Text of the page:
Artificial Intelligence, consciousness, perception and the uniqueness of the human brain-by Edward Benjamin Ziff
The world is quantal, nearly infinite in its complexity. We must navigate this world to survive. To navigate successfully, we must reduce the complexity of the world by making categorizations. This process depends on establishing relationships between world entities and between these entities and us.
The properties of objects exist in time and space. An object is never the same twice. It may be seen from a different angle or with different illumination. Its apparent texture may change and it may be seen in different contexts. To recognize an object in spite of its continuous variation, we must see the relationships between two or more of its different states. This necessitates comparison of state 1 with state 2. Because the two states do not exist simultaneously, to make the comparison, we must hold in mind a memory of state 1 when state 2 occurs. Or we must hold in mind memories of states 1 and 2 and make the comparison at a 3rd time. Because objects are continuously changing, the comparisons are taking place continuously as well. The properties of the object that emerge as most constant (least variant) become the hallmark characteristics of the object.
The Cubist painters recognized that endless variation is inherent to our world. Cubist art is one stage in the evolution of the two-dimensional representation of the physical world. Egyptian art lacked perspective. Renaissance art incorporated Euclidian perspective into object representation. Cubist art incorporated the continuous variation of object properties perceived by the viewer. However, representation on canvas can only allude to the viewer’s perceptions. Indeed, no physical medium can represent the full aspects of perception by the brain, since these perceptions incorporate physical components (color, texture, size, taste, odor, motion) and psychological components (potential for harm or reward, emotional implications, etc.), the latter not directly connected to the physical representations that can appear on canvas. Also, these perceptions are a part of consciousness, which is only known to self.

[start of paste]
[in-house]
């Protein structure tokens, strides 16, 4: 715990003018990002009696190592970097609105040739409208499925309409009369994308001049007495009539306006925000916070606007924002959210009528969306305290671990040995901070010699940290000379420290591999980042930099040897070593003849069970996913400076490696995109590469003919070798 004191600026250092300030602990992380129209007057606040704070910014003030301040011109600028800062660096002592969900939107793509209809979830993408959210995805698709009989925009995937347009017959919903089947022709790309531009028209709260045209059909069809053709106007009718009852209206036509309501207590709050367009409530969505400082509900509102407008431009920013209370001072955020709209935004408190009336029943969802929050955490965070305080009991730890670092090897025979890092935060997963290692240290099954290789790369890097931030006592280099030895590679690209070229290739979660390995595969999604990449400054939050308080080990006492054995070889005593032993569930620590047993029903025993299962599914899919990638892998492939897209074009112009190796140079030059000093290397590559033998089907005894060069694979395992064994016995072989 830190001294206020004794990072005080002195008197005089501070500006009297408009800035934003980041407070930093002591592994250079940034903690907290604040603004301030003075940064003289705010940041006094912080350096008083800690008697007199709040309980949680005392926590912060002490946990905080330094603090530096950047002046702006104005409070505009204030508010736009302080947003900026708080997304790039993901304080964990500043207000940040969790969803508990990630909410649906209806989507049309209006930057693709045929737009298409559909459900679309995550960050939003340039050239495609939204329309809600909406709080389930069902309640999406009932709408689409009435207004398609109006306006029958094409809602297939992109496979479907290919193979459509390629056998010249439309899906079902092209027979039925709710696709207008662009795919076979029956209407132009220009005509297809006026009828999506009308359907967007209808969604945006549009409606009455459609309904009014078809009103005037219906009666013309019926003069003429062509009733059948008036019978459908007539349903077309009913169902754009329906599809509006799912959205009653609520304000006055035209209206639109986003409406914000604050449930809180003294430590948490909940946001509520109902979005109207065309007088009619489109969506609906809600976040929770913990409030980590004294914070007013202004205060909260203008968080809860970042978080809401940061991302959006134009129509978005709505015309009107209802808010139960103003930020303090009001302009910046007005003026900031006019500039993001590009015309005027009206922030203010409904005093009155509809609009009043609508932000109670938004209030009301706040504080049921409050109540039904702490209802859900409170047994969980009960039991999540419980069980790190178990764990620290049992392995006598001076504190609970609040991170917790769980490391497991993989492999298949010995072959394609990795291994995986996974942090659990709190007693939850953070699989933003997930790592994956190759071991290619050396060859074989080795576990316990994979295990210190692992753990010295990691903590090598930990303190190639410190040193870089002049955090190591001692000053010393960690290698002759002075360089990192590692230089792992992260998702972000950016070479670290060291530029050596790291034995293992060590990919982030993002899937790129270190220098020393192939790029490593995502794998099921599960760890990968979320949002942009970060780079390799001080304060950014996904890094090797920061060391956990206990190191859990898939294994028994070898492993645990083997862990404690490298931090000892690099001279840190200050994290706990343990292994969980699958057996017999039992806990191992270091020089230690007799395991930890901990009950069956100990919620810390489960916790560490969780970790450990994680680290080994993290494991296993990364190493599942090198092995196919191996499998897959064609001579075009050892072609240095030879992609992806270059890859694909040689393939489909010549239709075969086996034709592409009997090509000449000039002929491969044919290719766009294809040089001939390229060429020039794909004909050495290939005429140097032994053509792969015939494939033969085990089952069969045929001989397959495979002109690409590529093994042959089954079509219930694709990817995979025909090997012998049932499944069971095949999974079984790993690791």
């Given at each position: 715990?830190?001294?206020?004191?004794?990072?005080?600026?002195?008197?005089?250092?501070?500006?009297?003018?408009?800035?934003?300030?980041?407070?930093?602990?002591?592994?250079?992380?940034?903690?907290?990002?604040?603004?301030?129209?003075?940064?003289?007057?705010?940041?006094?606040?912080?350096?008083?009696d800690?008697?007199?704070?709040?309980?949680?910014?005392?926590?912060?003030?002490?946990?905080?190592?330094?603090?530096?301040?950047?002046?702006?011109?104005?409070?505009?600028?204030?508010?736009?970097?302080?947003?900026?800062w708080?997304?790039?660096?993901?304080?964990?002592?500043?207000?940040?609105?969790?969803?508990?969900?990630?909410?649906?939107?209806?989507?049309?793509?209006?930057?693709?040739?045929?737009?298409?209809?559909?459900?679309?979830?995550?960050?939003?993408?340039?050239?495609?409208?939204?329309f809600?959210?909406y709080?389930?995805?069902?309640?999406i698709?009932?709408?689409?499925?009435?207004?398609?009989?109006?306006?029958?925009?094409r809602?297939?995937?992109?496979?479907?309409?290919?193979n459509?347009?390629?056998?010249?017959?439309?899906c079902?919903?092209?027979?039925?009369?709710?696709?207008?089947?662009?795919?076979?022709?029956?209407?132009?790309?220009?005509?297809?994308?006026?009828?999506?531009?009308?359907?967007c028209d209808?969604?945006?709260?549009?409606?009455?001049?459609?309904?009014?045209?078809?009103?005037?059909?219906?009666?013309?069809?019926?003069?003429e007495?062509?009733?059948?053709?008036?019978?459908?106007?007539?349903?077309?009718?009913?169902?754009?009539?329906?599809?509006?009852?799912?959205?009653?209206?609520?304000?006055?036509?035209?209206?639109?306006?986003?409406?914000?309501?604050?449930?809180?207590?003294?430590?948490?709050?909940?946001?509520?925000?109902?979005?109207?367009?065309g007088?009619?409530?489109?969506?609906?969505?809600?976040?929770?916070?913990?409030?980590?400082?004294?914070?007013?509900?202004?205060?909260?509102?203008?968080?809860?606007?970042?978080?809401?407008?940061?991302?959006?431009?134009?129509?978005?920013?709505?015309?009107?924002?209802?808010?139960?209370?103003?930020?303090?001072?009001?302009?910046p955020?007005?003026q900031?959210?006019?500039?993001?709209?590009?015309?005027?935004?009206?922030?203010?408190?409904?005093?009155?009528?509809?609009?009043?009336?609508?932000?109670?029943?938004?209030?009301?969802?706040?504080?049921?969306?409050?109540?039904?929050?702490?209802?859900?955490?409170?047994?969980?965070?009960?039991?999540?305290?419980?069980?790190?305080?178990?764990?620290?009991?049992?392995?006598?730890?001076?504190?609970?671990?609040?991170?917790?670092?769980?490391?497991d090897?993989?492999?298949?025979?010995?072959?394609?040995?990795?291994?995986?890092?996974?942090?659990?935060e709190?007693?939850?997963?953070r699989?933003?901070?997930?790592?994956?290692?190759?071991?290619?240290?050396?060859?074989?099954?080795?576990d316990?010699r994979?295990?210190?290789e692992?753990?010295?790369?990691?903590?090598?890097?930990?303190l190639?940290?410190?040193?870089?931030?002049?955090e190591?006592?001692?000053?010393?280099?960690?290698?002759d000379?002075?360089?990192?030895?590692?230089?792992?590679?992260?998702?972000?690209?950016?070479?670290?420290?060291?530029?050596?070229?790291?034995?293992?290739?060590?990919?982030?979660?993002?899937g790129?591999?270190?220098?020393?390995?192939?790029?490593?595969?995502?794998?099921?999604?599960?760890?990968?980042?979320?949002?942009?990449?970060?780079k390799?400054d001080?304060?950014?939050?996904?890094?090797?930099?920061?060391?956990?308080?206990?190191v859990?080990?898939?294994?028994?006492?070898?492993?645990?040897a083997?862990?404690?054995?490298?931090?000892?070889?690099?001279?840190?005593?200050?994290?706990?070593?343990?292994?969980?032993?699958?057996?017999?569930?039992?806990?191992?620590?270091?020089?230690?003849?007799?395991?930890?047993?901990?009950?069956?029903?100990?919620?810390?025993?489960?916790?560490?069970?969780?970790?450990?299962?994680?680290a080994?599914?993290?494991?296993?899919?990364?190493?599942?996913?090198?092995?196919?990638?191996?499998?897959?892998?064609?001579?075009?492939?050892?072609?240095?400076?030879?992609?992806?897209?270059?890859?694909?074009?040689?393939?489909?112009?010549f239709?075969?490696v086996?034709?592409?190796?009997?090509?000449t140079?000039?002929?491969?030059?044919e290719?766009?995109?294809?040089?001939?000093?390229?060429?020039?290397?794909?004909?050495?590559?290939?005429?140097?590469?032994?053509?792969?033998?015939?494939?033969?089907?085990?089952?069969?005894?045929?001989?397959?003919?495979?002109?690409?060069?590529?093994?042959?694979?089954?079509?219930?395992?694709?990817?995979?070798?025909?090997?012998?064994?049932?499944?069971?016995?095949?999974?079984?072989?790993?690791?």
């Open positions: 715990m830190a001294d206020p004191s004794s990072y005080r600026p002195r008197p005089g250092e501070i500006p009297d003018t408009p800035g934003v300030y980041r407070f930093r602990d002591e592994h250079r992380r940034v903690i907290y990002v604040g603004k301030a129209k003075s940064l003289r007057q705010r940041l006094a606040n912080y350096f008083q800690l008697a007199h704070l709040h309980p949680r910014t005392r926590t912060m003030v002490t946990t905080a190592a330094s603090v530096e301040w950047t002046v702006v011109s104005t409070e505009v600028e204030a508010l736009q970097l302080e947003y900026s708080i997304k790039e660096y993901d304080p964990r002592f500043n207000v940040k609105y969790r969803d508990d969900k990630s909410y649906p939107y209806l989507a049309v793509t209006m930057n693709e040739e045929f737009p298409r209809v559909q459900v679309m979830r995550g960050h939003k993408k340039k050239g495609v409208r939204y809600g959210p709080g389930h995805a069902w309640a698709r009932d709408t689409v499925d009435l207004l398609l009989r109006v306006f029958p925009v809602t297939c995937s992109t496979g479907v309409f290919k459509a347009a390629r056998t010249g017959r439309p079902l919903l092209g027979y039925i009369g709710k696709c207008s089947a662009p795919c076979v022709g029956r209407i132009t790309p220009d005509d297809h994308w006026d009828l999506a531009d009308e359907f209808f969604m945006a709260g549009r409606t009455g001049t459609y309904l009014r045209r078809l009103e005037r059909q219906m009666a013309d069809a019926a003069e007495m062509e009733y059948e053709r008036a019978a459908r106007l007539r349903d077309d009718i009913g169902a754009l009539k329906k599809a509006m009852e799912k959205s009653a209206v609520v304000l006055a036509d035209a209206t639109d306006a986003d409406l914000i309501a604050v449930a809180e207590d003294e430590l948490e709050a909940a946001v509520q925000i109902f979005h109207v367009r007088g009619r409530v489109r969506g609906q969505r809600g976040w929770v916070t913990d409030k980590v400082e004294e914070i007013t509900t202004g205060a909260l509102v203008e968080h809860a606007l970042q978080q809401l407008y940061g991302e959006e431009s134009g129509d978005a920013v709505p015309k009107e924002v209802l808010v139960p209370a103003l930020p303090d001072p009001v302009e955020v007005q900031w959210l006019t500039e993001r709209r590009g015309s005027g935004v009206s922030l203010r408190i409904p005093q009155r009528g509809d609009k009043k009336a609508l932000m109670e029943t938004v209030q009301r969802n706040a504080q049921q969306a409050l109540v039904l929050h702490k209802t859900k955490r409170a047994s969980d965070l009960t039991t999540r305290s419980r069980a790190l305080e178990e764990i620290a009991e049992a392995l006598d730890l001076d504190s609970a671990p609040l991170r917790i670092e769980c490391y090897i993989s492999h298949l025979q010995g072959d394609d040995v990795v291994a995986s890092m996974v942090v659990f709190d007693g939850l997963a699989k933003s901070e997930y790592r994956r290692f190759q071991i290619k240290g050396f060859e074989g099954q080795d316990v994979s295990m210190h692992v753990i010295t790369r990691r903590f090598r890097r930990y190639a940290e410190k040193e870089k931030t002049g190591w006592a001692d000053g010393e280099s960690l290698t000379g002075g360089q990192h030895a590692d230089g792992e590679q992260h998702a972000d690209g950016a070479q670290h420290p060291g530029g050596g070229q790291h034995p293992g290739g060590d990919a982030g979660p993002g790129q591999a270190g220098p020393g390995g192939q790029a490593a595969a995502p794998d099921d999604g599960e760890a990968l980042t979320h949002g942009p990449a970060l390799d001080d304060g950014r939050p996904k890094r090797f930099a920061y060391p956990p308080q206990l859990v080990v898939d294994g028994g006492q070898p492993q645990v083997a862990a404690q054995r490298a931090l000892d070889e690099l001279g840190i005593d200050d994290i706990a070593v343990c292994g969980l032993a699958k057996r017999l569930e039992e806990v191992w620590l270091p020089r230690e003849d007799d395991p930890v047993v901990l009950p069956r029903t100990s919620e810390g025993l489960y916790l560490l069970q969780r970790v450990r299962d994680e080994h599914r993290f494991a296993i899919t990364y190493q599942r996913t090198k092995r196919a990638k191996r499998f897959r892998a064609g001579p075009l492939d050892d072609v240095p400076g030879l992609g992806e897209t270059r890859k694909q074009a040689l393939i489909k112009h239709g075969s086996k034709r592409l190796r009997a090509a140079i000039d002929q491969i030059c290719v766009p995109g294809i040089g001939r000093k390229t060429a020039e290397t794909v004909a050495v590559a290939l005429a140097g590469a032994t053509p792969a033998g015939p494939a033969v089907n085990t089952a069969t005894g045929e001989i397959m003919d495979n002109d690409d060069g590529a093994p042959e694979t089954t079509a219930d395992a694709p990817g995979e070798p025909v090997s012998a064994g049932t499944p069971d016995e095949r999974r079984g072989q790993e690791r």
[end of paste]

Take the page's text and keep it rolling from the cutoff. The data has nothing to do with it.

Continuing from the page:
Categorization makes possible prediction. Properties associated with a category of objects can be assigned to a new object once it has been recognized to belong to that category. Prediction that is made possible by categorization also benefits navigation, since to choose an optimal action from the many alternative possible actions we must be able to compare the outcomes of these alternatives. This suggests that actions, like objects, can be categorized.
Some theories of perception hold that information about the external world that is captured by the senses is written into the brain much as sound and video are written onto electronic memories of cameras and recorders. Even in the cases of man made video and sound recorders, to represent the physical world information in an electronic form and then retrieve it we need a conversion algorithm. In modern electronics, the algorithm may be a software program that governs the operation of the computer, camera or microphone hardware. The software is a representation of the functional properties of the hardware in a form that can be appreciated by human consciousness. The software can exist in multiple states whose properties are familiar to the educated brain. This enables us to adjust the operation of the software in a purposeful way. We can start and stop recording. We can adjust the brightness or hue of an image. We can even convert speech to text using a combination of hardware and software.
In the brain, the cellular detectors of sight, sound, touch, taste odor and body orientation each have their own biological algorithm, which is provided by the brain circuits that process this information. We could imagine that the visual image of the world that projects upon the retina creates some sort of direct representation in the brain. However even in the retina, a complex processing of the visual image starts immediately. This initial capture is in a sense digital, since the capture is by rods and cones, each contributing a unit (byte) of visual information. However, the activities of rods and cones are multivariant and are transferred to bipolar cells and the bipolar cell activities are modified by amacrine cells, all within the retina, the visual signal metamorphoses during a process of “information” extraction that continues as the activities are passed on to the visual regions of cortex. A similar process takes place with taste receptors on our tongue and odorant receptors in our nasal cavity, and with the hair cells in our cochlea that vibrate in response to sound. These sensory inputs are combined with other forms of information about pleasure, pain and reward. This process is vastly different from making a sound recording or taking a photo, whose purposes are to recreate the original sound or image in the future (listen to music or view a photograph). Furthermore the brain can relate these types of information, visual, aural etc. plus pleasure, pain and reward to establish relationships that make possible more complex categorizations that combine object categorization with possible harm or benefit. A camera has no capacity to ask “When did I see an object like this before and did it make me happy and if so, what did I do to achieve the pleasure?”